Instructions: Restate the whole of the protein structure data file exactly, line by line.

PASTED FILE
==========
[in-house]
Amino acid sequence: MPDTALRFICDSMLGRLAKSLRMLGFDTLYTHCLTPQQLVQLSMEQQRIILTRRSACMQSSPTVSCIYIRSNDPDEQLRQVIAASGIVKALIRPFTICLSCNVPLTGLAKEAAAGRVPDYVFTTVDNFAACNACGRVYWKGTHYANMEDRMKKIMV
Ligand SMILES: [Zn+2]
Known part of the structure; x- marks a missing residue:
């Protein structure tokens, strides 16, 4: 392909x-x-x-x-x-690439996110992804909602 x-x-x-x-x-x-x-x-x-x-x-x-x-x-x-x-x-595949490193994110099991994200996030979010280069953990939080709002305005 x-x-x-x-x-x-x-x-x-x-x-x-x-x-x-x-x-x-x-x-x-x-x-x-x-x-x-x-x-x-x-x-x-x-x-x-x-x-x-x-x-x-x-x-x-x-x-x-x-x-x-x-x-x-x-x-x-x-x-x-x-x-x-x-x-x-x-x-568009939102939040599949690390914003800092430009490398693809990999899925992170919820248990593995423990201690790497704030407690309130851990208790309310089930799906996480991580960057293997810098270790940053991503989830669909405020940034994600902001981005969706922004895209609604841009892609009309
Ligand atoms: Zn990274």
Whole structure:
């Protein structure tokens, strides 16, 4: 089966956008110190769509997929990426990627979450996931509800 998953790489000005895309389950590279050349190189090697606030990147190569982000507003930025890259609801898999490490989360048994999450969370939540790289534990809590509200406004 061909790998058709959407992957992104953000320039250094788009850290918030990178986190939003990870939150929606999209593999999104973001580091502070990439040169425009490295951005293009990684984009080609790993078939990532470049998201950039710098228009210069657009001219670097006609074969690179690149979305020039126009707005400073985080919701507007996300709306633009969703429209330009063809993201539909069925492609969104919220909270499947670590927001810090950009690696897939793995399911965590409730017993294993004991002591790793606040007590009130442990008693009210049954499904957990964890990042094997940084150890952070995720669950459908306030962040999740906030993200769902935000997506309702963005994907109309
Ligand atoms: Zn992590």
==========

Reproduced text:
[in-house]
Amino acid sequence: MPDTALRFICDSMLGRLAKSLRMLGFDTLYTHCLTPQQLVQLSMEQQRIILTRRSACMQSSPTVSCIYIRSNDPDEQLRQVIAASGIVKALIRPFTICLSCNVPLTGLAKEAAAGRVPDYVFTTVDNFAACNACGRVYWKGTHYANMEDRMKKIMV
Ligand SMILES: [Zn+2]
Known part of the structure; x- marks a missing residue:
């Protein structure tokens, strides 16, 4: 392909x-x-x-x-x-690439996110992804909602 x-x-x-x-x-x-x-x-x-x-x-x-x-x-x-x-x-595949490193994110099991994200996030979010280069953990939080709002305005 x-x-x-x-x-x-x-x-x-x-x-x-x-x-x-x-x-x-x-x-x-x-x-x-x-x-x-x-x-x-x-x-x-x-x-x-x-x-x-x-x-x-x-x-x-x-x-x-x-x-x-x-x-x-x-x-x-x-x-x-x-x-x-x-x-x-x-x-568009939102939040599949690390914003800092430009490398693809990999899925992170919820248990593995423990201690790497704030407690309130851990208790309310089930799906996480991580960057293997810098270790940053991503989830669909405020940034994600902001981005969706922004895209609604841009892609009309
Ligand atoms: Zn990274």
Whole structure:
């Protein structure tokens, strides 16, 4: 089966956008110190769509997929990426990627979450996931509800 998953790489000005895309389950590279050349190189090697606030990147190569982000507003930025890259609801898999490490989360048994999450969370939540790289534990809590509200406004 061909790998058709959407992957992104953000320039250094788009850290918030990178986190939003990870939150929606999209593999999104973001580091502070990439040169425009490295951005293009990684984009080609790993078939990532470049998201950039710098228009210069657009001219670097006609074969690179690149979305020039126009707005400073985080919701507007996300709306633009969703429209330009063809993201539909069925492609969104919220909270499947670590927001810090950009690696897939793995399911965590409730017993294993004991002591790793606040007590009130442990008693009210049954499904957990964890990042094997940084150890952070995720669950459908306030962040999740906030993200769902935000997506309702963005994907109309
Ligand atoms: Zn992590």